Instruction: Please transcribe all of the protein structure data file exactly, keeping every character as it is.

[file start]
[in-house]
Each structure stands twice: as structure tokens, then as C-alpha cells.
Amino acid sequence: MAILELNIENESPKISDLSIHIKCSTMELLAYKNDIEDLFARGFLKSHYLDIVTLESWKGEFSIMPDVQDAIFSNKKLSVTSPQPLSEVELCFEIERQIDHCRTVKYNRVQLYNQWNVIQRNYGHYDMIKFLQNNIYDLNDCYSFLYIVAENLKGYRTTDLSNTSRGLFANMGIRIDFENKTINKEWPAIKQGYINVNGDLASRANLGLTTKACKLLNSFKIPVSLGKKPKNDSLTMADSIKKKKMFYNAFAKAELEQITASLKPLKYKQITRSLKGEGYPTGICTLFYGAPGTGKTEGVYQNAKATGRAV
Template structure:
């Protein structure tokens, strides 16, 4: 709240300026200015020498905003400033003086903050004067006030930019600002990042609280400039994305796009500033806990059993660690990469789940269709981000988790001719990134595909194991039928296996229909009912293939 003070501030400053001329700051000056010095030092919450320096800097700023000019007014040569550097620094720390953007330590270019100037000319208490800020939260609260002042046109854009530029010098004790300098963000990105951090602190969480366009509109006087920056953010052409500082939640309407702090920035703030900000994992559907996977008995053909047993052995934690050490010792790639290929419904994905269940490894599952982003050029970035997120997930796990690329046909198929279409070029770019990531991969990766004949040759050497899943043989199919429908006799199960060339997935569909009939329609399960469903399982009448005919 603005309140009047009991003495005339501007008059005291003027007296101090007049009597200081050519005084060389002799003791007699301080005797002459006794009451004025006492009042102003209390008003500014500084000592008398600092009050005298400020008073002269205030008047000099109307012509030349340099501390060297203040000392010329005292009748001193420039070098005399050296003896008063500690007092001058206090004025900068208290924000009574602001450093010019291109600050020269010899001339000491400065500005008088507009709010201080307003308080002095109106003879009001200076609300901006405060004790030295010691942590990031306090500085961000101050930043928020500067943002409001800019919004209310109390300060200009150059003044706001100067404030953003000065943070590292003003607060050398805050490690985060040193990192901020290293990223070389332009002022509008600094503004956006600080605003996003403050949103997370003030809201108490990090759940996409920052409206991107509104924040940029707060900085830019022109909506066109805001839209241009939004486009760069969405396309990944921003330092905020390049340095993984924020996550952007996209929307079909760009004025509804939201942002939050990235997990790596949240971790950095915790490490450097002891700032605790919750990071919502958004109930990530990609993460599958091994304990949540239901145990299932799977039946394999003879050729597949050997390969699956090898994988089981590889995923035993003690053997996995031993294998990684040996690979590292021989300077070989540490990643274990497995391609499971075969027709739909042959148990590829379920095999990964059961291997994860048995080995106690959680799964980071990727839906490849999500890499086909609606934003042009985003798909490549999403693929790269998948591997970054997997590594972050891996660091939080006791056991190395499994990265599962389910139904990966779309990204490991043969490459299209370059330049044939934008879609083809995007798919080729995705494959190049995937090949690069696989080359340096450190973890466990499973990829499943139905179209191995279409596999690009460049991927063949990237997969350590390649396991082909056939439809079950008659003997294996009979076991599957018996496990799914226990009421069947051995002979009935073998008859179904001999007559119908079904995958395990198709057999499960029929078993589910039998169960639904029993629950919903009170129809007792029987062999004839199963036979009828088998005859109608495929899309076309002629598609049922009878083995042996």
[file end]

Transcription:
[in-house]
Each structure stands twice: as structure tokens, then as C-alpha cells.
Amino acid sequence: MAILELNIENESPKISDLSIHIKCSTMELLAYKNDIEDLFARGFLKSHYLDIVTLESWKGEFSIMPDVQDAIFSNKKLSVTSPQPLSEVELCFEIERQIDHCRTVKYNRVQLYNQWNVIQRNYGHYDMIKFLQNNIYDLNDCYSFLYIVAENLKGYRTTDLSNTSRGLFANMGIRIDFENKTINKEWPAIKQGYINVNGDLASRANLGLTTKACKLLNSFKIPVSLGKKPKNDSLTMADSIKKKKMFYNAFAKAELEQITASLKPLKYKQITRSLKGEGYPTGICTLFYGAPGTGKTEGVYQNAKATGRAV
Template structure:
């Protein structure tokens, strides 16, 4: 709240300026200015020498905003400033003086903050004067006030930019600002990042609280400039994305796009500033806990059993660690990469789940269709981000988790001719990134595909194991039928296996229909009912293939 003070501030400053001329700051000056010095030092919450320096800097700023000019007014040569550097620094720390953007330590270019100037000319208490800020939260609260002042046109854009530029010098004790300098963000990105951090602190969480366009509109006087920056953010052409500082939640309407702090920035703030900000994992559907996977008995053909047993052995934690050490010792790639290929419904994905269940490894599952982003050029970035997120997930796990690329046909198929279409070029770019990531991969990766004949040759050497899943043989199919429908006799199960060339997935569909009939329609399960469903399982009448005919 603005309140009047009991003495005339501007008059005291003027007296101090007049009597200081050519005084060389002799003791007699301080005797002459006794009451004025006492009042102003209390008003500014500084000592008398600092009050005298400020008073002269205030008047000099109307012509030349340099501390060297203040000392010329005292009748001193420039070098005399050296003896008063500690007092001058206090004025900068208290924000009574602001450093010019291109600050020269010899001339000491400065500005008088507009709010201080307003308080002095109106003879009001200076609300901006405060004790030295010691942590990031306090500085961000101050930043928020500067943002409001800019919004209310109390300060200009150059003044706001100067404030953003000065943070590292003003607060050398805050490690985060040193990192901020290293990223070389332009002022509008600094503004956006600080605003996003403050949103997370003030809201108490990090759940996409920052409206991107509104924040940029707060900085830019022109909506066109805001839209241009939004486009760069969405396309990944921003330092905020390049340095993984924020996550952007996209929307079909760009004025509804939201942002939050990235997990790596949240971790950095915790490490450097002891700032605790919750990071919502958004109930990530990609993460599958091994304990949540239901145990299932799977039946394999003879050729597949050997390969699956090898994988089981590889995923035993003690053997996995031993294998990684040996690979590292021989300077070989540490990643274990497995391609499971075969027709739909042959148990590829379920095999990964059961291997994860048995080995106690959680799964980071990727839906490849999500890499086909609606934003042009985003798909490549999403693929790269998948591997970054997997590594972050891996660091939080006791056991190395499994990265599962389910139904990966779309990204490991043969490459299209370059330049044939934008879609083809995007798919080729995705494959190049995937090949690069696989080359340096450190973890466990499973990829499943139905179209191995279409596999690009460049991927063949990237997969350590390649396991082909056939439809079950008659003997294996009979076991599957018996496990799914226990009421069947051995002979009935073998008859179904001999007559119908079904995958395990198709057999499960029929078993589910039998169960639904029993629950919903009170129809007792029987062999004839199963036979009828088998005859109608495929899309076309002629598609049922009878083995042996």